However, unlike most computers, D-wave’s machines, cannot answer any old question. Instead, it is only able to solve so-called “optimisation” problems, where there are a series of criteria all simultaneously competing to be met, and where there is one optimum solution that satisfies the majority of them – for example, the optimal route for a delivery truck to drop off packages, minimising the time and distance travelled.
Lockheed, according to Brownell, hooked up with D-Wave out of a mutual interest in the types of calculations that a quantum computer could perform. “They had algorithms that were applicable to our technology,” he says. “Their particular focus is software verification.”
Software is increasingly at the heart of what defence companies do. For example, the Lockheed Martin F-35 Joint Strike Fighter has what is described as the most complex software system of any modern weapon system, with over 24 million lines of code, according to a 2012 report by the Government Accountability Office. Quantum computing could be used to verify this huge amount of code to ensure the aircraft will operate reliably and safely.
A quantum computer would also be good for a variety of other applications that involve machine learning, says Bo Ewald, the president of D-Wave’s recently launched US business. That may involve what Ewald calls “finding the essence of complex data structures”, something which could be useful for mining social media data or pattern recognition in imagery.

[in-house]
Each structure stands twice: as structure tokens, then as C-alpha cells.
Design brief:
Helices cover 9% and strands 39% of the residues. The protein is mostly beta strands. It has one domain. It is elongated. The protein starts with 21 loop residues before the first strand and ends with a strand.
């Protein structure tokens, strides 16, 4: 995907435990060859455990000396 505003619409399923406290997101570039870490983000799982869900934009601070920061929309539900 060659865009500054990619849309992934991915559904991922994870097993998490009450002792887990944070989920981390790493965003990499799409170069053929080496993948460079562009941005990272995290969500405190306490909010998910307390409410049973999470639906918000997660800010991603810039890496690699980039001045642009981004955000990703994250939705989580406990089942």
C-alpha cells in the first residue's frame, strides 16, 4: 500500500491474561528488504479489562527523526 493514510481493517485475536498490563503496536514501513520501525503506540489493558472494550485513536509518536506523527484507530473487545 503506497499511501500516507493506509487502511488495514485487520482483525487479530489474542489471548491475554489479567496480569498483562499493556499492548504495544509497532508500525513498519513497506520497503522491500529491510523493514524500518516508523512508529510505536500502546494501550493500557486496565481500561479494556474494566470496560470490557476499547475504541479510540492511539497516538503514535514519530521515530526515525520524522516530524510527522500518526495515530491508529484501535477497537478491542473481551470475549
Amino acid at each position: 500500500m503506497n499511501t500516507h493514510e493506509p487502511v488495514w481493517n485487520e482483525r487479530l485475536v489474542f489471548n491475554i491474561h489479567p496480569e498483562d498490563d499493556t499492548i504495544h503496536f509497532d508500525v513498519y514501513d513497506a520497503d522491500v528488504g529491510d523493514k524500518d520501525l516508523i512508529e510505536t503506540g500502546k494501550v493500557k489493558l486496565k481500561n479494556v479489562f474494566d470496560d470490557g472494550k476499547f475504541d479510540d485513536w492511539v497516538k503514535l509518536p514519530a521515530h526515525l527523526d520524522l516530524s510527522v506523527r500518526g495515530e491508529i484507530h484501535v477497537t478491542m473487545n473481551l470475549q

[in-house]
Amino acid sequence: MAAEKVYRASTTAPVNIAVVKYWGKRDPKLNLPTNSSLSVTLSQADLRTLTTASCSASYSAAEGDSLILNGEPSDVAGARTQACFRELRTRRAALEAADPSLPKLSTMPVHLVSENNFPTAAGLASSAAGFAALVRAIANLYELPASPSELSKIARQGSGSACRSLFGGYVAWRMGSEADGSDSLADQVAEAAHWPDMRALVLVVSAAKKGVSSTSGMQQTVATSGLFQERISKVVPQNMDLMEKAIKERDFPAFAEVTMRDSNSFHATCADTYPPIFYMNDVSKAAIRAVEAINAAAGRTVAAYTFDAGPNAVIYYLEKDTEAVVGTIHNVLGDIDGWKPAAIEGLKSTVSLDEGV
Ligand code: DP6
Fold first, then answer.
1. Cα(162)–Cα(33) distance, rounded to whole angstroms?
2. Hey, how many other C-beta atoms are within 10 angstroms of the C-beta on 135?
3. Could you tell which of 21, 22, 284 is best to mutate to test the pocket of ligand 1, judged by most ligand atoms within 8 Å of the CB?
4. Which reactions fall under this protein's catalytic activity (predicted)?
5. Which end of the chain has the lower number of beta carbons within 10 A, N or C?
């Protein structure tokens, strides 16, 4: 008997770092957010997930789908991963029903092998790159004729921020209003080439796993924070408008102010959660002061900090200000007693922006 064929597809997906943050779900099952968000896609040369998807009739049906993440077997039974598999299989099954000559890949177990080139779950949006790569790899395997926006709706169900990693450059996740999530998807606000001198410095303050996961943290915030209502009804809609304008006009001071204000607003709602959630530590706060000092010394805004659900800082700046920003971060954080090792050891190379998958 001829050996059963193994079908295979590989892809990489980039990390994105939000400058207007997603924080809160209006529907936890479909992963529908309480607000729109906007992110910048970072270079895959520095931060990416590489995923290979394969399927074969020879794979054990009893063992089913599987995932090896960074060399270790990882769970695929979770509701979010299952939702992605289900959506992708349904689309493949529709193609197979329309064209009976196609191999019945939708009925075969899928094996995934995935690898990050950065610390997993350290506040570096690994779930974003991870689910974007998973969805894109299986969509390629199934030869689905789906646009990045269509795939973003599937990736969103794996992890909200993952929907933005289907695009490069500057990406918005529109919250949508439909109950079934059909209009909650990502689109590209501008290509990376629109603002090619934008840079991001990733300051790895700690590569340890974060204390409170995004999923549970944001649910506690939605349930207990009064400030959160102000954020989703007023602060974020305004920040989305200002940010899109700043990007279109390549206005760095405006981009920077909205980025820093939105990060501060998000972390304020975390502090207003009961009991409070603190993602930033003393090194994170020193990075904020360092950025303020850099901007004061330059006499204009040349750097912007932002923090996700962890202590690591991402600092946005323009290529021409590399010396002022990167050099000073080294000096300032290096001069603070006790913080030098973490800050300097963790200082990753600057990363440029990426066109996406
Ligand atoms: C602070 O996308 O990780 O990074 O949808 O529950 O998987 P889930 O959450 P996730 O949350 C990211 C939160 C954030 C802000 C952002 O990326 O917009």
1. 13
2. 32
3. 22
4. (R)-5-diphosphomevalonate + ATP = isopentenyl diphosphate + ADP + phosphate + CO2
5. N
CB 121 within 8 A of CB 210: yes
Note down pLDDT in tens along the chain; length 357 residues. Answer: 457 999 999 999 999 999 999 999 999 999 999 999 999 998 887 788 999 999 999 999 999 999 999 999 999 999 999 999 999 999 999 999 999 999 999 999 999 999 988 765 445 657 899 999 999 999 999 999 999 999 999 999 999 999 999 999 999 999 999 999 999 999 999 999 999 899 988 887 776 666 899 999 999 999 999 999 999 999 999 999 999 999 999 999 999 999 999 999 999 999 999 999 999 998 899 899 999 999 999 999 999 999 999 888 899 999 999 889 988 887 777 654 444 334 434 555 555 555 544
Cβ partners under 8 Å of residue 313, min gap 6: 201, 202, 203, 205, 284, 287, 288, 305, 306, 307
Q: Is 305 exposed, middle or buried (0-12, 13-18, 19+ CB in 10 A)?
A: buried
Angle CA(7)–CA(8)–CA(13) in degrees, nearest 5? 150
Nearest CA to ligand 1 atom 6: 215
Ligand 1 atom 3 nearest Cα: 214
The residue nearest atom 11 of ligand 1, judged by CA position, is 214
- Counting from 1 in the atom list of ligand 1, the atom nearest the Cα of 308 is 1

Ewald says that the quantum computer will be able to learn the key characteristics of a particular shape, say a car, by showing it lots of pictures of cars. Once it learns the key characteristics of that shape, it should be able to recognise them more readily than conventional systems. In addition, he says, once it has figured out the characteristics of what make a "car" recognisable, it can be used to "train" conventional computers – such as your mobile phone – how to more easily recognise a car, something which could interest the likes of Google.
Other applications which may interest the Nasa-Google-USRA collaboration range from improving web search and robotics to hunting for exo-planets and optimising air-traffic control. That computer, which will be installed at what is being called the Quantum Artificial Intelligence Lab, will be located at Nasa’s Ames Research Center in California, and is expected to be ready for use later this year.
Bits and bets
But in most cases, proving that a quantum computer will actually perform these sorts of functions faster than a classical computer is still in the realm of theory. As it is, not everyone is even convinced yet that the D-Wave computer is actually using quantum mechanics to make the calculations.
Christopher Monroe, a quantum information researcher of the Joint Quantum Institute and University of Maryland, has expressed doubts in the past about D-Wave’s claims and now says that although the company has made progress in demonstrating its computer’s abilities, it has still not offered proof that it is operating in a quantum state. “I’m not convinced at all it’s a quantum computer,” he says. “But maybe it doesn’t matter.”
What Monroe means is that the D-Wave computer may indeed be able to solve some optimisation problems better than classical computers, as was shown in recent tests, even if the way it works doesn’t involve quantum mechanics. “Given the dearth of publishing from the group, it’s hard to know from all the details whether what they’re observing is a quantum phenomenon,” he says.